Feldman took over the group from Dennis Mooradian, who retired earlier this month, Union Bank announced in a press release. He is based in Irvine, Calif.
Feldman joined Union Bank in 2009 and held a number of senior leadership roles before heading up Unions branch banking and private banking units. Before joining Union Bank, he was a managing director of retail banking at Countrywide Bank and president and CEO of Countrywide Investment Services.
In addition, the bank elevated a long-term member of HighMarks leadership team. David B. Wines was named president and CEO of the unit, replacing Mooradian who served as CEO. He will assume his expanded role while continuing as HighMarks chief fixed income officer, Union Bank said.
Both Feldman and Wines report to Tim Wennes, West Coast president and head of Retail Banking and Wealth Markets.
We believe that these appointments underscore the depth of talent and experience within our wealth markets team, Wennes said in a statement. Under Mikes leadership and with Davids oversight of our investment advisory firm, we are very well positioned to serve as trusted financial advisors to our clients as we help them achieve their financial goals.
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Registered investment advisors operating as financial planners do more for their clients than those that just focus on asset management, but earnless.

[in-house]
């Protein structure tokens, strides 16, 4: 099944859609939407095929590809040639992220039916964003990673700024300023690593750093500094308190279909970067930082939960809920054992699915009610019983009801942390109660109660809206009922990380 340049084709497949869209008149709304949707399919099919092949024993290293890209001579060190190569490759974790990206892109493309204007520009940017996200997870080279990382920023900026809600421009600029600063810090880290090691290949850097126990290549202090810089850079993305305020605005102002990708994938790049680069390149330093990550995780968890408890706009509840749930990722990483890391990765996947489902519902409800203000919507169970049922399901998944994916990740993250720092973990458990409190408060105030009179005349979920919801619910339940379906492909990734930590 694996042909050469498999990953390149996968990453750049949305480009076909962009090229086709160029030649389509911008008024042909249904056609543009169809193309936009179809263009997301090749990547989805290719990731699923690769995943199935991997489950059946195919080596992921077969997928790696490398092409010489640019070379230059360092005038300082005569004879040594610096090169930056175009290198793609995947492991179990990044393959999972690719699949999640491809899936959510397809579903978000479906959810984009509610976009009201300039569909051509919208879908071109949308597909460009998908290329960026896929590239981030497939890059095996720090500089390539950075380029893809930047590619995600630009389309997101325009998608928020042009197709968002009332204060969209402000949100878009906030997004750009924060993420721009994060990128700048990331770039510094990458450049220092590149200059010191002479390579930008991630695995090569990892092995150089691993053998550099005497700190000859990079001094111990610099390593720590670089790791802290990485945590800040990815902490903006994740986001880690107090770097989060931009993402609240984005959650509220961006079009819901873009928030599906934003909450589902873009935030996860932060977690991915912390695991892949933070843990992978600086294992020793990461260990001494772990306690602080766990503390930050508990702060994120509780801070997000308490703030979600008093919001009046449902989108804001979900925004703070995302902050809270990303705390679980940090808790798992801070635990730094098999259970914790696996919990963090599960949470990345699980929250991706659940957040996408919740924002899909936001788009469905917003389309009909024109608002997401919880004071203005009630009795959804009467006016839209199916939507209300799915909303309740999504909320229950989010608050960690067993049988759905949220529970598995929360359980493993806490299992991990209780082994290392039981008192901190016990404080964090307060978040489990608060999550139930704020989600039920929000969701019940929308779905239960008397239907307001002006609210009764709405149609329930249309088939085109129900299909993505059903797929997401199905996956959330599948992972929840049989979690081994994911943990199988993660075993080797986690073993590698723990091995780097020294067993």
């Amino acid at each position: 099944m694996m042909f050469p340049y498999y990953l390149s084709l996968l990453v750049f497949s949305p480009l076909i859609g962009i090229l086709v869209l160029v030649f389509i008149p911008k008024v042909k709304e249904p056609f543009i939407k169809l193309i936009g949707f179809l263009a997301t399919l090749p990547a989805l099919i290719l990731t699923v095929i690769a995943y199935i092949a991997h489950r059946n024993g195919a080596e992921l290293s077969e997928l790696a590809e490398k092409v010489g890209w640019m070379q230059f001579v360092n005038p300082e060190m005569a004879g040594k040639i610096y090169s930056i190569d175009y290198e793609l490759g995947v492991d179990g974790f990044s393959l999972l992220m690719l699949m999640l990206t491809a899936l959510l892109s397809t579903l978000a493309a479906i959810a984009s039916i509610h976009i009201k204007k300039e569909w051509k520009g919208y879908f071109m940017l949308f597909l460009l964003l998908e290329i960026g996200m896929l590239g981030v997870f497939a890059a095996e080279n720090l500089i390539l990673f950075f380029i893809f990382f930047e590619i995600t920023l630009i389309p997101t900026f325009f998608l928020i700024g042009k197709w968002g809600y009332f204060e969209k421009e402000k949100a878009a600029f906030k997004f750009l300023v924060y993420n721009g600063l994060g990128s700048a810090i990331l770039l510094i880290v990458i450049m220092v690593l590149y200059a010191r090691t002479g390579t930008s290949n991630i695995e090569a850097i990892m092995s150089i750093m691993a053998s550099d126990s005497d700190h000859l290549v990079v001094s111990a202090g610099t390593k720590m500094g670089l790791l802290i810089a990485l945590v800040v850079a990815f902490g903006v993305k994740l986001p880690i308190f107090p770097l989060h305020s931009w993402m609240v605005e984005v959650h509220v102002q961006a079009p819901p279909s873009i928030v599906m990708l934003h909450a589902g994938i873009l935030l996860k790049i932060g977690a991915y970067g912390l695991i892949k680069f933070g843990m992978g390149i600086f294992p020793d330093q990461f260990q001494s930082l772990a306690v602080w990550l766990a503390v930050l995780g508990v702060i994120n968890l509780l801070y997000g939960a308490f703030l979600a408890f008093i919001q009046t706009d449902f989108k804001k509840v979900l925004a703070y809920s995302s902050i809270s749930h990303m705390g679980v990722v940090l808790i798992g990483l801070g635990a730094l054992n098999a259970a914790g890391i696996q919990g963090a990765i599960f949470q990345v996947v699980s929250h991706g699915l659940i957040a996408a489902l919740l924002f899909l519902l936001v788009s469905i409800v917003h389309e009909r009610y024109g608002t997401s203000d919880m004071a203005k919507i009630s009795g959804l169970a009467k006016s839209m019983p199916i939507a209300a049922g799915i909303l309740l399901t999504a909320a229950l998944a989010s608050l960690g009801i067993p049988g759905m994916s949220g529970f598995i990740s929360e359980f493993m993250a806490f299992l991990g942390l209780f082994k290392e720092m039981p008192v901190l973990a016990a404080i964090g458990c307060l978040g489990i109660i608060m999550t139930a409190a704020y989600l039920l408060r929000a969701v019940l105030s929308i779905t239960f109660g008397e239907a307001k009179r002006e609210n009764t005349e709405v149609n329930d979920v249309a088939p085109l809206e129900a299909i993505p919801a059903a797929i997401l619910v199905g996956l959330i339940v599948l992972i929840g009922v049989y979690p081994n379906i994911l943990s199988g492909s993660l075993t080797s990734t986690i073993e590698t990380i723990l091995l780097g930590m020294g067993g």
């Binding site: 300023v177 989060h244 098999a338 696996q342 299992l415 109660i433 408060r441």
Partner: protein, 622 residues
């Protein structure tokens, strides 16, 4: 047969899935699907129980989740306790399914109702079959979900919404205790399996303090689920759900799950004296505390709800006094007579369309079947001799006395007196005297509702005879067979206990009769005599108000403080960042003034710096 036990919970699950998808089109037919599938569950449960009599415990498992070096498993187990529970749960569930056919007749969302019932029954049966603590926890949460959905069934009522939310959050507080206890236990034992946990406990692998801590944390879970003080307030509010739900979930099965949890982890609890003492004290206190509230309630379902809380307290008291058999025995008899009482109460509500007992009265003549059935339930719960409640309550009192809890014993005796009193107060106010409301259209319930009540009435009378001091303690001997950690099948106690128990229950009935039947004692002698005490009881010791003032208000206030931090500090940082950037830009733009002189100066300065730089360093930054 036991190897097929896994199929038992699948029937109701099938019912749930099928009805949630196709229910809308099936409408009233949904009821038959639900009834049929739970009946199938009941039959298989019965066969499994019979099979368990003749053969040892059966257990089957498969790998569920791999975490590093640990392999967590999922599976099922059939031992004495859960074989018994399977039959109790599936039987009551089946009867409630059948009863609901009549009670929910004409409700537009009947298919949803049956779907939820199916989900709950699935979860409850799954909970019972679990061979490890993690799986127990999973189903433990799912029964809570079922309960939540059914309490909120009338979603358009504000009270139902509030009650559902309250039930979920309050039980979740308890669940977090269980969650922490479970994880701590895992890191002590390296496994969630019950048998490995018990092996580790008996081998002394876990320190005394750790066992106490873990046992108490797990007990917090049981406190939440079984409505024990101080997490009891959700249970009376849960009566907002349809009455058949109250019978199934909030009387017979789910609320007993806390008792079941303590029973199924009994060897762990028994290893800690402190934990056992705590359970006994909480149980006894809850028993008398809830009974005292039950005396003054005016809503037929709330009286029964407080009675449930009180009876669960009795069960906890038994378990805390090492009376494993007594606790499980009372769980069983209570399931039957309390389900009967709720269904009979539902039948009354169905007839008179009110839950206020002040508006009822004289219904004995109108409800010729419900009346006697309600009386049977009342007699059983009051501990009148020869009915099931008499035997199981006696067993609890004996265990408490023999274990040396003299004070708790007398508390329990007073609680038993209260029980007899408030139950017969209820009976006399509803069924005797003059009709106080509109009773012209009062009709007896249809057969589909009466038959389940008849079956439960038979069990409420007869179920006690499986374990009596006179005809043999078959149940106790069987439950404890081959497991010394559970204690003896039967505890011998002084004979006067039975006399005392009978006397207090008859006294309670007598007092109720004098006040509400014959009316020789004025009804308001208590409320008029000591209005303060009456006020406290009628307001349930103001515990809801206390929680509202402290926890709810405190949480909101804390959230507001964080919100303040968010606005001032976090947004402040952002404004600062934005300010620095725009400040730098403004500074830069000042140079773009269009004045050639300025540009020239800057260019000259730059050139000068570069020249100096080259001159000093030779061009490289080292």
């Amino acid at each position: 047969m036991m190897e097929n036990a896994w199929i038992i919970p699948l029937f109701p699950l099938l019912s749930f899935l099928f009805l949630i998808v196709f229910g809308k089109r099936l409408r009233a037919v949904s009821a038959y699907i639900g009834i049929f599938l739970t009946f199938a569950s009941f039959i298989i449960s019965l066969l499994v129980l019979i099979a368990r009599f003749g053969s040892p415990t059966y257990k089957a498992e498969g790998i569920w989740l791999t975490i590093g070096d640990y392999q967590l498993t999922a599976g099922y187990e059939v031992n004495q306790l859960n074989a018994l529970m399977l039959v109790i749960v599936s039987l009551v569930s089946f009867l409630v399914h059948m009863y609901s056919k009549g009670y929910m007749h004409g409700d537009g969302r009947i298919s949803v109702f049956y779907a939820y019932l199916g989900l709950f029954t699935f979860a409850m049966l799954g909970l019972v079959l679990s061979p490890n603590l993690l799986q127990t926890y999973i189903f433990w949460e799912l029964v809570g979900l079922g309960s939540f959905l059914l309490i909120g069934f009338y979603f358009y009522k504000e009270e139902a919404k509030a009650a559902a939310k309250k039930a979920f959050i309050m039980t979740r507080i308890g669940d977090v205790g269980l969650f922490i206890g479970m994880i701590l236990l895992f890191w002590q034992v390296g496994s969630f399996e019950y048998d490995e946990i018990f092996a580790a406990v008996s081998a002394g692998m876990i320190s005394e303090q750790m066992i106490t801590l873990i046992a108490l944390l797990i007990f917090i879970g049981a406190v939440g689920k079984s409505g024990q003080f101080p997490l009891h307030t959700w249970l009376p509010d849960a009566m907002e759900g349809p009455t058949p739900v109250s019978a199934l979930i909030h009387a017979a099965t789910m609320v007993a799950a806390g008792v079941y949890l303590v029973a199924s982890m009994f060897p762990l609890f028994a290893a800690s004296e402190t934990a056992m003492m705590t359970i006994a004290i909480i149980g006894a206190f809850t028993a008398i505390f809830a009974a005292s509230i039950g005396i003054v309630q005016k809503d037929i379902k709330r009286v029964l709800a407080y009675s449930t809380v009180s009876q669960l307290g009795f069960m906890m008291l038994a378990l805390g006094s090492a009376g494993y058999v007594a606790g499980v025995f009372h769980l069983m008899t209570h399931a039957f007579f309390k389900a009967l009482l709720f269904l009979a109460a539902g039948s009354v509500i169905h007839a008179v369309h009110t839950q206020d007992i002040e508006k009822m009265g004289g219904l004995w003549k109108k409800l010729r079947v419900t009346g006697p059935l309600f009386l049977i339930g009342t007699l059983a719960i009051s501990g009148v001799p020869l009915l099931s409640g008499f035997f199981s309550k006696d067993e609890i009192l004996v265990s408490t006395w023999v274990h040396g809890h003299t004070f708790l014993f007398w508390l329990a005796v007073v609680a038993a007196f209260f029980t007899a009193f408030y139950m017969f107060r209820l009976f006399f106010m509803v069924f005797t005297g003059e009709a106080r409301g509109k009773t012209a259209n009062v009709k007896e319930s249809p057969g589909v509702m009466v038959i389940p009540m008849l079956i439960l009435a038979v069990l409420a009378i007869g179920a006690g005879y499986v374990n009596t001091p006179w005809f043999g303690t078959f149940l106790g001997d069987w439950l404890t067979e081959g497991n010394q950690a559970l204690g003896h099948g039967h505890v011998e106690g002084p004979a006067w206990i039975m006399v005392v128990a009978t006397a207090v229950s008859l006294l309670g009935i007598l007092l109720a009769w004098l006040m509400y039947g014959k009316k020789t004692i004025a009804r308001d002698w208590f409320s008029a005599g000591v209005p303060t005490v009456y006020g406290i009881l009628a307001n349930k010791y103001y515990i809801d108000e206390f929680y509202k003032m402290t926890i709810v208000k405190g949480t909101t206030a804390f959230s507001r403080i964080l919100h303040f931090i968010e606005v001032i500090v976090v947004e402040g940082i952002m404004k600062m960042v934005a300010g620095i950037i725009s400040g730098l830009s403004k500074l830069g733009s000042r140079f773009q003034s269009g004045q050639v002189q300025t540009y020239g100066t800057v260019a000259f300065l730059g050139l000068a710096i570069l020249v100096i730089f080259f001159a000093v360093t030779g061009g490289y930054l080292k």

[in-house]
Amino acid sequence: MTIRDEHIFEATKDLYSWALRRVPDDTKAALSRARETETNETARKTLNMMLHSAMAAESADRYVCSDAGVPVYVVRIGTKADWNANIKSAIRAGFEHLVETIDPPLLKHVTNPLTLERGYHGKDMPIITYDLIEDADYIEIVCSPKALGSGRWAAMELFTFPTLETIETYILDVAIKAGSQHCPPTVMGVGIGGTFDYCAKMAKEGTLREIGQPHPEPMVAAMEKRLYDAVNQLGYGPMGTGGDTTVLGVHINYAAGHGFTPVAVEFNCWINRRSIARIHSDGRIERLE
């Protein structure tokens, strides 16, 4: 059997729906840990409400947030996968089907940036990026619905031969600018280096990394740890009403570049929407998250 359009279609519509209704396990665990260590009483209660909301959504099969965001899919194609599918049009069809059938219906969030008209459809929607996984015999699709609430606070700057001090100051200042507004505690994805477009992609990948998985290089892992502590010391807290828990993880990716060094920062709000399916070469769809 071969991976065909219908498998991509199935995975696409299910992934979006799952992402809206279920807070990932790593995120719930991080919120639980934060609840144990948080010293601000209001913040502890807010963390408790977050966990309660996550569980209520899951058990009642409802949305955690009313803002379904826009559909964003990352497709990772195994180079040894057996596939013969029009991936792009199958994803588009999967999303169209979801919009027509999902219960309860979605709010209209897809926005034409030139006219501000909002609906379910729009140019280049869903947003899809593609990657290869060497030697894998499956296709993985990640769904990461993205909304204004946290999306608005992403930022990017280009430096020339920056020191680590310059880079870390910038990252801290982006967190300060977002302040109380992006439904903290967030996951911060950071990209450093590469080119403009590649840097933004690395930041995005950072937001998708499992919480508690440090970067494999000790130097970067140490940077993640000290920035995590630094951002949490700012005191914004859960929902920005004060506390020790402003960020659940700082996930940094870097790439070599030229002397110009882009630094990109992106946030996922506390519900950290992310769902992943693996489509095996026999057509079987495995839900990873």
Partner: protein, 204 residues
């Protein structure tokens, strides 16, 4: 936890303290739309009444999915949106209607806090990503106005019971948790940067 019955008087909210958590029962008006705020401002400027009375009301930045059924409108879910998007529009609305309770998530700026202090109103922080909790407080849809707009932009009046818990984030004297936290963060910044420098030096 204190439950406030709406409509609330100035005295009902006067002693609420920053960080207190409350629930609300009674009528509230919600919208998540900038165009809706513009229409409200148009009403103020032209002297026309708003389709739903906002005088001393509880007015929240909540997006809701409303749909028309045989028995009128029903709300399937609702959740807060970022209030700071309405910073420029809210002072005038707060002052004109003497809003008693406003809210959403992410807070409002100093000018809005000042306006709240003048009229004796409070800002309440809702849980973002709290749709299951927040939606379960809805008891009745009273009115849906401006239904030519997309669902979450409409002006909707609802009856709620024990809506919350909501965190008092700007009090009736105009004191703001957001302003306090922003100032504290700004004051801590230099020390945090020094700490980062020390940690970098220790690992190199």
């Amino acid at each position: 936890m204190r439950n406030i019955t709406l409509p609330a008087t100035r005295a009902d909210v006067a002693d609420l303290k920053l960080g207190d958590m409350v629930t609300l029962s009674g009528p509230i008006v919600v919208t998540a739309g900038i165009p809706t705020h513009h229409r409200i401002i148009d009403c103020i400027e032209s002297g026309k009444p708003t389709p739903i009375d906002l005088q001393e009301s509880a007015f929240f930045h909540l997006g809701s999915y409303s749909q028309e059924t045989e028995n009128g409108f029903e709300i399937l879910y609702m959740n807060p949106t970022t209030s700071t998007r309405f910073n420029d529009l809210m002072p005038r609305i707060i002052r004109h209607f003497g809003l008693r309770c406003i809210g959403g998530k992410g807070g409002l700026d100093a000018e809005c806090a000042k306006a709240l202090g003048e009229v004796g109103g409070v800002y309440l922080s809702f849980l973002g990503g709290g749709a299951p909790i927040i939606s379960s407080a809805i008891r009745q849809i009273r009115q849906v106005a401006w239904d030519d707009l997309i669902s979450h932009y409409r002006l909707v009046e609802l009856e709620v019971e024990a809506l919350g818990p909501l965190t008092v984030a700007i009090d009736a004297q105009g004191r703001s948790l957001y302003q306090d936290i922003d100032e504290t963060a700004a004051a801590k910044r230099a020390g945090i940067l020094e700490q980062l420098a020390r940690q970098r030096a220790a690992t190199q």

According to recent research by Cerulli Associates, financial plannersthose 4,041 firms providing complete financial plans that include income, tax and insurance componentsdeliver more servicesto clients than the 6,961 firms that just emphasizeasset management. But because both models operateunder similar fee structures, those who actually do planning (which is more costly and time consuming) earn less for their efforts,the firm says.
Perhaps the model with the highest advisor productivity is that ofcomplete wealth management, which provides more comprehensive services including complex estate planning, charitable giving and business planning largely for high net worth clients. The 2,861firms that fall into this category, on average, have about $295.4 million in assets under management per practice.
Cerulli reports the difference between financial planners and wealth managers really comes down to being more selective about client segmentation and offering higher levels of service to richer clients.
The segmentation strategy for an advisor practice lays the foundation for its service model and pricing structure, and these intertwined decisions have significant ramifications for a practices productivity and profit output, says Kenton Shirk, associate director at Cerulli. Segmentation is at the heart of an advisors growth, productivity, and ultimate profitability.
Additionally, Cerullifound that the larger the practice, thegreater the likelihood of serving high-net-worth clients. Half of practices with more than $500 million in assets focus on clients with more than $2 million in assets. Comparatively, only about 36 percent of practices with $250 million to $500 million in assets focus on these HNW clients,only 17 percent of practices in the $100 to $250 million asset range and only about 4 percent of practices with less than $100 million under management focus on HNW clients.